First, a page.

After getting hearing aids a few weeks ago, I was looking forward to the sounds of Christmas – recorded carols resounding throughout the house as I cooked and John decorated. I wanted to hear the organ and congregational singing at church in a clearer dimension. What I got was a good laugh at myself.
COVID numbers went up in Asheville, so our church requested that everyone wear masks again. It was PAINFUL! The hearing aids protested at sharing ear space with the mask. Whipping the cheap glasses on and off the same area rubbed my ear raw. I hid in the balcony for several weeks to avoid wearing a mask. The organist and recording techs up there were also bare-faced. It was a happy place until it was decreed that the choir would be in that space and required to be masked.
I decided not to go to church on Christmas Day. That would have caused consternation in the family, so I searched for another solution. Giving up either seeing or hearing was the answer. I left the hearing aids in their charger and went to church.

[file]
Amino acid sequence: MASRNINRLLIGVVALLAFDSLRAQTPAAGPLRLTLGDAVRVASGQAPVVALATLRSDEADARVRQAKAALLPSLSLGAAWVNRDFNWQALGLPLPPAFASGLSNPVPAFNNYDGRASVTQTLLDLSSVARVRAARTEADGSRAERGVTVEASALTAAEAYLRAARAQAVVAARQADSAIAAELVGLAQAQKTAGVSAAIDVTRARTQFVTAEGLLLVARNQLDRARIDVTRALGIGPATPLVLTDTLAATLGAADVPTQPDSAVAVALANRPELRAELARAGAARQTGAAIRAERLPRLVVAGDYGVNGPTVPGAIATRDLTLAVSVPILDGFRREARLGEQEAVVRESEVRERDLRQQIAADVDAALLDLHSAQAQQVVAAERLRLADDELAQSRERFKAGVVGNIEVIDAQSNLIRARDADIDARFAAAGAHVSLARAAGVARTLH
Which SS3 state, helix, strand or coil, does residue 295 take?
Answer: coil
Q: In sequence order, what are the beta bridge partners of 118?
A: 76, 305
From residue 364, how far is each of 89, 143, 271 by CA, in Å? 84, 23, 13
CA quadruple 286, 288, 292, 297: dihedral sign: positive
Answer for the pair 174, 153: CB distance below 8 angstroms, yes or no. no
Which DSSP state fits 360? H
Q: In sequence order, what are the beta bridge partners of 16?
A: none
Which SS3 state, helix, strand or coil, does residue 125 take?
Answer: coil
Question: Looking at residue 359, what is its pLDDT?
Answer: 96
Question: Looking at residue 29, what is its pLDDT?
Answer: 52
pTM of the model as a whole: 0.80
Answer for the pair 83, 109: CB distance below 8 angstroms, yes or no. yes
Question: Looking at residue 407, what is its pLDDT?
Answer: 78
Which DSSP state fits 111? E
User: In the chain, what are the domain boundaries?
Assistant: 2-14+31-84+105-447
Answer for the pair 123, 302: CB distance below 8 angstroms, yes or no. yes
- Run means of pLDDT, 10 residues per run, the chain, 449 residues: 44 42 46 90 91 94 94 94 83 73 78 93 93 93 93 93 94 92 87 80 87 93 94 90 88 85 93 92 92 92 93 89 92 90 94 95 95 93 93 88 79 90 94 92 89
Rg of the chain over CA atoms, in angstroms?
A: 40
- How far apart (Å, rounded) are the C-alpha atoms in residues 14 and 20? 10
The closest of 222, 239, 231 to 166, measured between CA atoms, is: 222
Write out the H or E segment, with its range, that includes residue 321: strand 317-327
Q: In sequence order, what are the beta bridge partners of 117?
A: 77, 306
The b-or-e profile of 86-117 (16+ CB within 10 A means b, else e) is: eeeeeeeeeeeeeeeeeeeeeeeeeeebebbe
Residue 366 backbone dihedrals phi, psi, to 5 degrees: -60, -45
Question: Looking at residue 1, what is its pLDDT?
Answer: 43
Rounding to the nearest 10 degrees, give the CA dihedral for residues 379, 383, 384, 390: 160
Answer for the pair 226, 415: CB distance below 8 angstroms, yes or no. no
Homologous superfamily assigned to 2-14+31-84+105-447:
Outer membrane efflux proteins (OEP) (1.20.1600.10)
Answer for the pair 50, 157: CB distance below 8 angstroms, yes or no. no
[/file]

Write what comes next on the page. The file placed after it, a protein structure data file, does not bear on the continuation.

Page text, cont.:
After the service, I sat outside the sanctuary waiting while John and David rehearsed with the choir. Pastor Gillespie, the one who preached that day, sat down and chatted for a minute. He lost me when he changed the subject. I heard him say, “How are you doing with the Kyries?”
The Kyrie (pronounced keer-ree-aye) is a part of liturgical worship – Lord have mercy. Christ have mercy. Lord have mercy. I didn’t think he knew I had been a church organist and would know the Kyrie. He must have seen the confusion on my face. He asked the question again, this time flapping his hands near his ears. Finally I realized he must be asking, “How are you doing with the hearing aids?”